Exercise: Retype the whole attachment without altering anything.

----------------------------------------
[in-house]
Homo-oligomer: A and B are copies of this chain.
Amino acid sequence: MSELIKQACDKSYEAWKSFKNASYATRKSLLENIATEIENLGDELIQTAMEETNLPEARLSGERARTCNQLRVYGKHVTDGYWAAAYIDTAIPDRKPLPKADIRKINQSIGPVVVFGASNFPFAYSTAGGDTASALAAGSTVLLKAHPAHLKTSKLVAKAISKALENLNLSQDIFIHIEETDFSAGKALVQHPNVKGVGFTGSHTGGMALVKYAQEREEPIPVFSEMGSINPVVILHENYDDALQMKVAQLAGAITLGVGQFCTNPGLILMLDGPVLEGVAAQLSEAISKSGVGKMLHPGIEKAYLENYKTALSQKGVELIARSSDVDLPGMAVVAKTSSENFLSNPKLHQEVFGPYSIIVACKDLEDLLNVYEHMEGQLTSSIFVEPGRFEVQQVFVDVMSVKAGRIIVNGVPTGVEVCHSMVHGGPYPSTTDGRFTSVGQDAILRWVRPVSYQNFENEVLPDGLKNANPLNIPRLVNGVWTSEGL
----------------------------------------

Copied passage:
[in-house]
Homo-oligomer: A and B are copies of this chain.
Amino acid sequence: MSELIKQACDKSYEAWKSFKNASYATRKSLLENIATEIENLGDELIQTAMEETNLPEARLSGERARTCNQLRVYGKHVTDGYWAAAYIDTAIPDRKPLPKADIRKINQSIGPVVVFGASNFPFAYSTAGGDTASALAAGSTVLLKAHPAHLKTSKLVAKAISKALENLNLSQDIFIHIEETDFSAGKALVQHPNVKGVGFTGSHTGGMALVKYAQEREEPIPVFSEMGSINPVVILHENYDDALQMKVAQLAGAITLGVGQFCTNPGLILMLDGPVLEGVAAQLSEAISKSGVGKMLHPGIEKAYLENYKTALSQKGVELIARSSDVDLPGMAVVAKTSSENFLSNPKLHQEVFGPYSIIVACKDLEDLLNVYEHMEGQLTSSIFVEPGRFEVQQVFVDVMSVKAGRIIVNGVPTGVEVCHSMVHGGPYPSTTDGRFTSVGQDAILRWVRPVSYQNFENEVLPDGLKNANPLNIPRLVNGVWTSEGL